CC is supporting the Bouchout Declration for Open Biodiversity Knowledge Management by becoming a signatory. The Declaration’s objective is to help make biodiversity data openly available to everyone around the world. It offers the biodiversity community a way to demonstrate their commitment to open science, one of the fundamental components of CC’s vision for an open and participatory internet.
In April 2013 CC participated in a workshop on Names attribution, rights, and licensing convened by the Global Names Project which led to a report titled Scientific names of organisms: attribution, rights, and licensing that concluded:
“There are no copyright impediments to the sharing of names and related data. The system must reward those who make the contributions upon which we rely. Building an attribution system remains one of the more urgent challenges that we need to address together.”
Many of the attendees of the workshop and of the report cited above are among those who met in June in Meise, Belgium and released the Bouchout Declaration.
The declaration calls for free and open use of digital resources about biodiversity and associated access services and exhorts the use of licenses or waivers that grant or allow all users a free, irrevocable, world-wide, right to copy, use, distribute, transmit and display the work publicly as well as to build on the work and to make derivative works, subject to proper attribution consistent with community practices, while recognizing that providers may develop commercial products with more restrictive licensing. This is not only aligned with the vision of CC itself, CC is also the creator and steward of the legal and technical infrastructure that allows open licensing of content.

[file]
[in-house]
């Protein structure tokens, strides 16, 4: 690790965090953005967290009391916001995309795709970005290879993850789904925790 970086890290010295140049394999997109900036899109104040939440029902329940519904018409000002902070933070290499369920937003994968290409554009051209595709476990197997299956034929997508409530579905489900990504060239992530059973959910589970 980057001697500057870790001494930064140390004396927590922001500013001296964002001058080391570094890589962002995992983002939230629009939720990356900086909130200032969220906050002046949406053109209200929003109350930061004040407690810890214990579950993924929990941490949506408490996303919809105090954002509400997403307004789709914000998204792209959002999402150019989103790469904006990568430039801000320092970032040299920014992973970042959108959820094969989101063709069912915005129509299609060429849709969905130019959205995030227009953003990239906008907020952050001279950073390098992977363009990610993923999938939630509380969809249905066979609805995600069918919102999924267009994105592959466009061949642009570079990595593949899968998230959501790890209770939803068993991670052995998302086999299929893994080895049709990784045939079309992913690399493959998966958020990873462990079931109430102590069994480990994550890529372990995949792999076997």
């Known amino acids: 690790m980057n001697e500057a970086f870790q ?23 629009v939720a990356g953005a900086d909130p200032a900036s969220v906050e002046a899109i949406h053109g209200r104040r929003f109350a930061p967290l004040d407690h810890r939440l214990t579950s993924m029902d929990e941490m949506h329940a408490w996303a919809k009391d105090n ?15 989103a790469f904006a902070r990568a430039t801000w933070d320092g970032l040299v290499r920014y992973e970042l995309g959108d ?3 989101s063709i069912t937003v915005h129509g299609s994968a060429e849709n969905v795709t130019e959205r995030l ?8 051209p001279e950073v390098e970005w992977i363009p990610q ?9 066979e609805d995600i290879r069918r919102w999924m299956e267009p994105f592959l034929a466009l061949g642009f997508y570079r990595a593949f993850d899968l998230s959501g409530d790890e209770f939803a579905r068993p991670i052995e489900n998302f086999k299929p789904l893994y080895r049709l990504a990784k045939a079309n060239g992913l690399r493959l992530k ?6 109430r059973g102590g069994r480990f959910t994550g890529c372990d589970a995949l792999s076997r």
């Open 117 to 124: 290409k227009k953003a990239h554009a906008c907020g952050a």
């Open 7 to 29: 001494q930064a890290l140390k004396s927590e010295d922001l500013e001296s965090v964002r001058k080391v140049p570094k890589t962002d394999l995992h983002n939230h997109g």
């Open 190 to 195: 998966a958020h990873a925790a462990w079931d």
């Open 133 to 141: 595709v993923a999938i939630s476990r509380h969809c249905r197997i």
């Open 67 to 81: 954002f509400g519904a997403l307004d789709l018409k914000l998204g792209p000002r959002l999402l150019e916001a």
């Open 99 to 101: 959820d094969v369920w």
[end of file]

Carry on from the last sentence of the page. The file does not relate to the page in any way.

The declaration also promotes Tracking the use of identifiers in links and citations to ensure that sources and suppliers of data are assigned credit for their contributions and Persistent identifiers for data objects and physical objects such as specimens, images and taxonomic treatments with standard mechanisms to take users directly to content and data. CC has participated from the beginning in the activities that led to the Joint Declaration of the Data Citation Principles and that promotes the use of persistent identifiers to allow discovery and attribution of resources.
Finally, the declaration calls for Policy developments that will foster free and open access to biodiversity data. CC works assiduously on creating, fostering, nurturing and assisting in the promulgation of open policies and practices that advance the public good by supporting open policy advocates, organizations and policy makers.
We have a few concerns: most copyright laws around the world treat data as not protected by copyright, thus would not require licensing. We are also aware that some cultures wish to preserve and protect traditional knowledge, so we want to make sure information is released by only those who have the right to do so without impinging on the rights of such segments that might otherwise be negatively affected by its release. However, overall we believe that open biodiversity information is crucial for science and society. Be it heralding the Seeds of Change, participating in the Group on Earth Observations (GEO), or assisting the Paleobiology Database to move to CC BY license, CC is playing a vital role in the progress of open science in the areas of biodiversity and natural resources. CC has committed to assisting organizations joining Google in the White House Climate Data Initiative. On a personal front I have released the entire codebase of Earth-Base under the CC0 Public Domain Dedication making possible applications such as Mancos on the iOS App Store.